Another example appears in the essay by Katherina Konarek, one of the book’s editors and also a veteran of the Friedrich Ebert Stiftung. She opens with an expression of moral equivalence and obtuseness that enrages many Israelis: “On the one hand, the Nazi dictatorship and the Holocaust had imposed a responsibility on the Germans towards the new State of Israel. On the other hand, there were millions of Palestinian refugees whose fate had been exploited in the context of the Cold War … ” (p. 35).

Turning to the NGO legislation, Konarek does acknowledge the key question of whether the foundations are “acting as foreign agents interfering in the sovereignty of the state” (p. 73). However, her response is unconvincing; she claims that they merely “catalyze debates,” as if Israelis need German politicians for this purpose. This argument is also not credible. She cites the Böll Foundation’s funding (revealed under the 2011 transparency law) of a “subcultural left-wing digital magazine criticized by the Israeli public for being antisemitic and pursuing an apartheid strategy towards Israel” and also attacked by “Israeli left intellectuals.” Konarek does not explain how German support of an English-language blog that demonizes Israelis promotes democracy.

The other essays written by various foundation officials are also aimed at mounting a defense of their agendas. Marc Frings, who represents the Ramallah office of the Konrad Adenauer Stiftung (KAS), contributes such a piece. His organization is affiliated with the ruling CDU party (headed by Chancellor Angela Merkel since 2005). One of West Germany’s founding fathers after the war, Adenauer spearheaded the difficult rapprochement with Israel. Writing at the present time, Frings emphasizes his foundation’s goals of promoting peace and Palestinian state-building, but avoids any mention of terrorism or the wars between Palestinian factions. He also highlights various funding partnerships, including with the Institute of Law at Birzeit University—ostensibly to encourage the “harmonization of law,” in other words, consistency in the legal code and its uniform application, both of which are essential for democracy (p. 106–07). In reality, that institute plays a leading role in weaponizing human rights and exploiting international law to attack Israel. Other KAS partners include the Society of St. Yves, a major BDS supporter affiliated with the World Council of Churches, and the Palestine Strategy Group—a project of a British NGO that consistently advocates for anti-Israel policies. Such “partnerships” appear to be inconsistent with the legacy of Konrad Adenauer.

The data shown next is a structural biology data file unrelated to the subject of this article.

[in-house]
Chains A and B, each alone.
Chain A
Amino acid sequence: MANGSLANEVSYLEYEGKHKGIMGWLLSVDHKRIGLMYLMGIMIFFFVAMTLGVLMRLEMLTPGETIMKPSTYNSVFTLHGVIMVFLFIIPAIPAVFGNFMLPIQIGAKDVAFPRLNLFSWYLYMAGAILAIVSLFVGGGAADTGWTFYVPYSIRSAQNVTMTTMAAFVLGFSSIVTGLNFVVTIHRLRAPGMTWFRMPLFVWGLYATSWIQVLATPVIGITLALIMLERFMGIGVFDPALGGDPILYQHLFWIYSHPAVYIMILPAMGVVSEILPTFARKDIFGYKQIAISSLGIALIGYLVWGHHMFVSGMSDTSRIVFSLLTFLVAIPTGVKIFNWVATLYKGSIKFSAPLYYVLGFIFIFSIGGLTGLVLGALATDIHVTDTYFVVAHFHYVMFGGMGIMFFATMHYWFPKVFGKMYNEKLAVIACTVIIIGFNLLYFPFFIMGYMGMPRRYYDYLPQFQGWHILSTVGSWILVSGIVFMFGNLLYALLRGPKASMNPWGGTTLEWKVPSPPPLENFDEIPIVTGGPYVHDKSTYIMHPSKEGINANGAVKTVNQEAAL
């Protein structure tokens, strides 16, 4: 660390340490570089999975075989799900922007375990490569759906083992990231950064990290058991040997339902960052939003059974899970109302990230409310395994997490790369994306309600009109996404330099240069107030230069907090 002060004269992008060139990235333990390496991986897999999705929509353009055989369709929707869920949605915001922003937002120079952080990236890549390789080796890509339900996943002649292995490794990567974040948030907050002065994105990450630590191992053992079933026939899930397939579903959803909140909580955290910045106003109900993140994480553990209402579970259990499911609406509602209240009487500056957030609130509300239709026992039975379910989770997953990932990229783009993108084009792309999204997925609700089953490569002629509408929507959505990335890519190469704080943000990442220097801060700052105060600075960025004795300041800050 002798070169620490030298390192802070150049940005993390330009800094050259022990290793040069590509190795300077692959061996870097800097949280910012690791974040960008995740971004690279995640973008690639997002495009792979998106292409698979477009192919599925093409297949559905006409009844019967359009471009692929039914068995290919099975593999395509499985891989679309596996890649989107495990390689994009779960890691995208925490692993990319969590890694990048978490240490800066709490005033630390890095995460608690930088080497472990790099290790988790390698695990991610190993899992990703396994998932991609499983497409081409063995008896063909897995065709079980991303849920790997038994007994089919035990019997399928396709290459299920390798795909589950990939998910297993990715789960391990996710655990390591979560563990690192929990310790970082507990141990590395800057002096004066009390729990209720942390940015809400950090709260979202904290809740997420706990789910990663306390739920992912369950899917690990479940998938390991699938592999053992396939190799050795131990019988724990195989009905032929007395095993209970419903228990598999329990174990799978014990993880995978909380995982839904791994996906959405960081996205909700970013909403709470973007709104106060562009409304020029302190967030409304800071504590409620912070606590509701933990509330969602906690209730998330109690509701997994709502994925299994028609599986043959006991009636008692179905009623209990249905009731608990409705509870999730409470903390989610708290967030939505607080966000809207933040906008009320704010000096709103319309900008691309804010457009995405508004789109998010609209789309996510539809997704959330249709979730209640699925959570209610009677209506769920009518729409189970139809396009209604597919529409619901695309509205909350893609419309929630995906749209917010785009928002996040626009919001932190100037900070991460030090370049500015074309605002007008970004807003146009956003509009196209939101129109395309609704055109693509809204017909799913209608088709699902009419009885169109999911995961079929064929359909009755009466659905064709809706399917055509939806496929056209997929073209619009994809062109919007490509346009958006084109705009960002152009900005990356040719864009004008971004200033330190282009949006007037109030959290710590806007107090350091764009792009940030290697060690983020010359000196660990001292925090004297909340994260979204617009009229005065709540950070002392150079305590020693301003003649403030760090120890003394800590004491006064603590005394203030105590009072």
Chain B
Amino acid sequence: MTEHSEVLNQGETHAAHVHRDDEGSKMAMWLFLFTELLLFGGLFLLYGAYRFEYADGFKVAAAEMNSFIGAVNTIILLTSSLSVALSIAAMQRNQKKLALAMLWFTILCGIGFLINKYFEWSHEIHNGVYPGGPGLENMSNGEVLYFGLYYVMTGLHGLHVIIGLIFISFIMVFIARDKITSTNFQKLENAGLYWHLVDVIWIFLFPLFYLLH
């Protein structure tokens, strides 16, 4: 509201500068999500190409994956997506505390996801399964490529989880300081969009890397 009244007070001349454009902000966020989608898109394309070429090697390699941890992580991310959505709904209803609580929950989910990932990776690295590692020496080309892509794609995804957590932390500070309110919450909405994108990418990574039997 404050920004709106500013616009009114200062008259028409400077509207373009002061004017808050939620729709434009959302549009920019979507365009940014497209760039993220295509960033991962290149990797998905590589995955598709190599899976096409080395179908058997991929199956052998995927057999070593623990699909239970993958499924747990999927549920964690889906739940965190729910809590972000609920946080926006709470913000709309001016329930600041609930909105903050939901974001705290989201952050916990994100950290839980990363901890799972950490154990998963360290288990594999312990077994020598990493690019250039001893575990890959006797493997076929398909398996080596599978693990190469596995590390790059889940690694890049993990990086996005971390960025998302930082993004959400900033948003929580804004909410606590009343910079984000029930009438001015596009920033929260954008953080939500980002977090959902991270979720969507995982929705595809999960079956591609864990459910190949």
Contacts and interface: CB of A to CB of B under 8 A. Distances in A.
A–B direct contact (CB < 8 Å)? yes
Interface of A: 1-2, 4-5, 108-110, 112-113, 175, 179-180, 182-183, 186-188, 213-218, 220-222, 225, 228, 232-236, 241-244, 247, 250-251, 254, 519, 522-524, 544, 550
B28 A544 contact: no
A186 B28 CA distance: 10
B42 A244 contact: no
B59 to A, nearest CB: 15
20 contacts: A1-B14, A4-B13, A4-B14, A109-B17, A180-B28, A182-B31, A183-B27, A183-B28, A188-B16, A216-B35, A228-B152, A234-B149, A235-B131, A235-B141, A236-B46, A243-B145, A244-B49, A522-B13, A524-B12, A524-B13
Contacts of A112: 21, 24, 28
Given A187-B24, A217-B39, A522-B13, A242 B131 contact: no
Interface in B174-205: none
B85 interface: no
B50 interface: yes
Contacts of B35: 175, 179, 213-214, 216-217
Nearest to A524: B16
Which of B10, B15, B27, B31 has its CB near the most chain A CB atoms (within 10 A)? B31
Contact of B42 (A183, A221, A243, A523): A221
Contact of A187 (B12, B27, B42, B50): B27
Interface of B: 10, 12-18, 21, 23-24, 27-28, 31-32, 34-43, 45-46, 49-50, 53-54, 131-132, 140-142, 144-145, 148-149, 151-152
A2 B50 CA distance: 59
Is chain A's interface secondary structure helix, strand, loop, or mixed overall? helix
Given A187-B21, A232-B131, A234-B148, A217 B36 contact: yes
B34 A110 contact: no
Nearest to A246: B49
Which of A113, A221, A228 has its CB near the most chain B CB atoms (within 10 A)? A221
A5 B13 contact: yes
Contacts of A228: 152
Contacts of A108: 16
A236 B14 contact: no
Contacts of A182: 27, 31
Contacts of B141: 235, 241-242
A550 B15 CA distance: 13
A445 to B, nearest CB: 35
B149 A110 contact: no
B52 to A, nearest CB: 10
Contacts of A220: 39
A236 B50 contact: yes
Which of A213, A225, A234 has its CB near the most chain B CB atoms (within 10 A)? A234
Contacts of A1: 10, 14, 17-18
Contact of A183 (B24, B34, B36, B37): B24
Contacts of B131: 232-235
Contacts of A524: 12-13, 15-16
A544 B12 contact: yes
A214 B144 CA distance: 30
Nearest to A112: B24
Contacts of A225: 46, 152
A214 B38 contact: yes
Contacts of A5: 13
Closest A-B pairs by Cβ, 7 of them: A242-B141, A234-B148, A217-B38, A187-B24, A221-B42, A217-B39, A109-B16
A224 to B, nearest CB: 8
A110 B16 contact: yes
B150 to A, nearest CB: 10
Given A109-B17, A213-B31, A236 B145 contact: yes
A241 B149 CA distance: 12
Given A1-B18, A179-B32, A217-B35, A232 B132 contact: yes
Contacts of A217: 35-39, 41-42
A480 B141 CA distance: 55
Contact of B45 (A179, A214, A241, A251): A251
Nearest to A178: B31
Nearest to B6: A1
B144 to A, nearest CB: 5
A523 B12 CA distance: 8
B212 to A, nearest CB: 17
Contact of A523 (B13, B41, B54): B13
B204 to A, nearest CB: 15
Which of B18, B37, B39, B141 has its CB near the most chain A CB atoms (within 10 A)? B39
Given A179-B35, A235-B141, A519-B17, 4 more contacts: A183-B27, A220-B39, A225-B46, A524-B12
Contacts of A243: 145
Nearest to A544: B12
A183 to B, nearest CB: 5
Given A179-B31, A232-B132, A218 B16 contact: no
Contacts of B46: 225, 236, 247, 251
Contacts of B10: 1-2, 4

Unfortunately, the book does not include a chapter on Adenauer’s Jerusalem office, which, over the past thirty years, has gone through a number of major changes. After a rocky start, it now judiciously eschews intervention in internal Israeli affairs and politics. The KAS Jerusalem office comes closest to the model of a “benign catalyst” to which the editors claim all the foundations adhere. An analysis of its evolution would have been useful. Instead, essays by two Israeli academics, Shlomo Shpiro and Benjamin Mollov, describe the projects they are carrying out in cooperation with the foundation.

The section written by Kerstin Müller, the former head of the Green Party’s Böll Foundation office in Tel Aviv, heightens the sense of political confrontation. Müller is the only author in the book who fails to mention the sensitivity of Germany’s relationship to Israel and the backdrop of the Shoah—nor does she demonstrate any understanding of, or interest in, Zionism and the centrality of sovereignty and self-determination for the Jewish people. A separate essay by Oz Aruch and Omer Hakim on the ideological conflicts in the Green Party on these issues presents a somewhat broader analysis, including reference to far-left interference in the 1984 Israeli elections, to which Yeditot Ahronot referred as a crude effort at foreign intervention, and “typical German chutzpah” (p. 43).